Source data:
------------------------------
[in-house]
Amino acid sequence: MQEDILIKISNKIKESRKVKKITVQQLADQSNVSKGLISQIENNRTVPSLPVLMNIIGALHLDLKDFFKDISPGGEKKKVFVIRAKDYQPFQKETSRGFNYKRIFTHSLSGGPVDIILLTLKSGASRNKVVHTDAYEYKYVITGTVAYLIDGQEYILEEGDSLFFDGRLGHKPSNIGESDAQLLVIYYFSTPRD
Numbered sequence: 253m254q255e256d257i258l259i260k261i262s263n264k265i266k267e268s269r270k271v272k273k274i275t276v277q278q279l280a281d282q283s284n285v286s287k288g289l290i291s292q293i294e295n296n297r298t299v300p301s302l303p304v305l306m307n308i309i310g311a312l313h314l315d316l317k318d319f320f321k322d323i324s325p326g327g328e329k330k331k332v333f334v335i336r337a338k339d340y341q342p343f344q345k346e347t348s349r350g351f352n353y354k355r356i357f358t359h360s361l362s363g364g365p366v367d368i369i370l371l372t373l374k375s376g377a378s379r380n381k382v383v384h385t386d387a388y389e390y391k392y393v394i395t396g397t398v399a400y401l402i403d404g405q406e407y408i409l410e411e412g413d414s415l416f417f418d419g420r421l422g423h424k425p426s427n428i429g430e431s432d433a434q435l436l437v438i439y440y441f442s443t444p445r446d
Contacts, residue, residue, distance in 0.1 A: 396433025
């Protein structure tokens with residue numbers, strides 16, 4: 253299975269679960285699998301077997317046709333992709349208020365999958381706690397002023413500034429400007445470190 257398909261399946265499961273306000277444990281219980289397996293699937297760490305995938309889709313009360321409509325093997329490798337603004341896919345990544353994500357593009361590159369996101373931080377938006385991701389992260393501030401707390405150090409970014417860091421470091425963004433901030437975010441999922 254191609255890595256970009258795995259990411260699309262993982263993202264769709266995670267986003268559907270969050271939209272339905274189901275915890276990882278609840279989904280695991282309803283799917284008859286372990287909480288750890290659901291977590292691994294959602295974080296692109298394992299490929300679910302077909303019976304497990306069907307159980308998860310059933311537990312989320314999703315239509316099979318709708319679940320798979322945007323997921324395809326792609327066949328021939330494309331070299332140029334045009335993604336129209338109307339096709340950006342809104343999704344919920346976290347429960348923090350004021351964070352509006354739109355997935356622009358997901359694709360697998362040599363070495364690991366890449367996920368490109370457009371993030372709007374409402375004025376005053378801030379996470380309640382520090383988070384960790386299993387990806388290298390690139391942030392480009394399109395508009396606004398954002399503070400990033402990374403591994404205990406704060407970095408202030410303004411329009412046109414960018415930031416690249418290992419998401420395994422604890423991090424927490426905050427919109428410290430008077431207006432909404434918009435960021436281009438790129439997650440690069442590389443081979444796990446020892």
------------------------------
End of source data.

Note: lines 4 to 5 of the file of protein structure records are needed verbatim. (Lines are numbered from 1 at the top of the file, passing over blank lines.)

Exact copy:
Contacts, residue, residue, distance in 0.1 A: 396433025
């Protein structure tokens with residue numbers, strides 16, 4: 253299975269679960285699998301077997317046709333992709349208020365999958381706690397002023413500034429400007445470190 257398909261399946265499961273306000277444990281219980289397996293699937297760490305995938309889709313009360321409509325093997329490798337603004341896919345990544353994500357593009361590159369996101373931080377938006385991701389992260393501030401707390405150090409970014417860091421470091425963004433901030437975010441999922 254191609255890595256970009258795995259990411260699309262993982263993202264769709266995670267986003268559907270969050271939209272339905274189901275915890276990882278609840279989904280695991282309803283799917284008859286372990287909480288750890290659901291977590292691994294959602295974080296692109298394992299490929300679910302077909303019976304497990306069907307159980308998860310059933311537990312989320314999703315239509316099979318709708319679940320798979322945007323997921324395809326792609327066949328021939330494309331070299332140029334045009335993604336129209338109307339096709340950006342809104343999704344919920346976290347429960348923090350004021351964070352509006354739109355997935356622009358997901359694709360697998362040599363070495364690991366890449367996920368490109370457009371993030372709007374409402375004025376005053378801030379996470380309640382520090383988070384960790386299993387990806388290298390690139391942030392480009394399109395508009396606004398954002399503070400990033402990374403591994404205990406704060407970095408202030410303004411329009412046109414960018415930031416690249418290992419998401420395994422604890423991090424927490426905050427919109428410290430008077431207006432909404434918009435960021436281009438790129439997650440690069442590389443081979444796990446020892």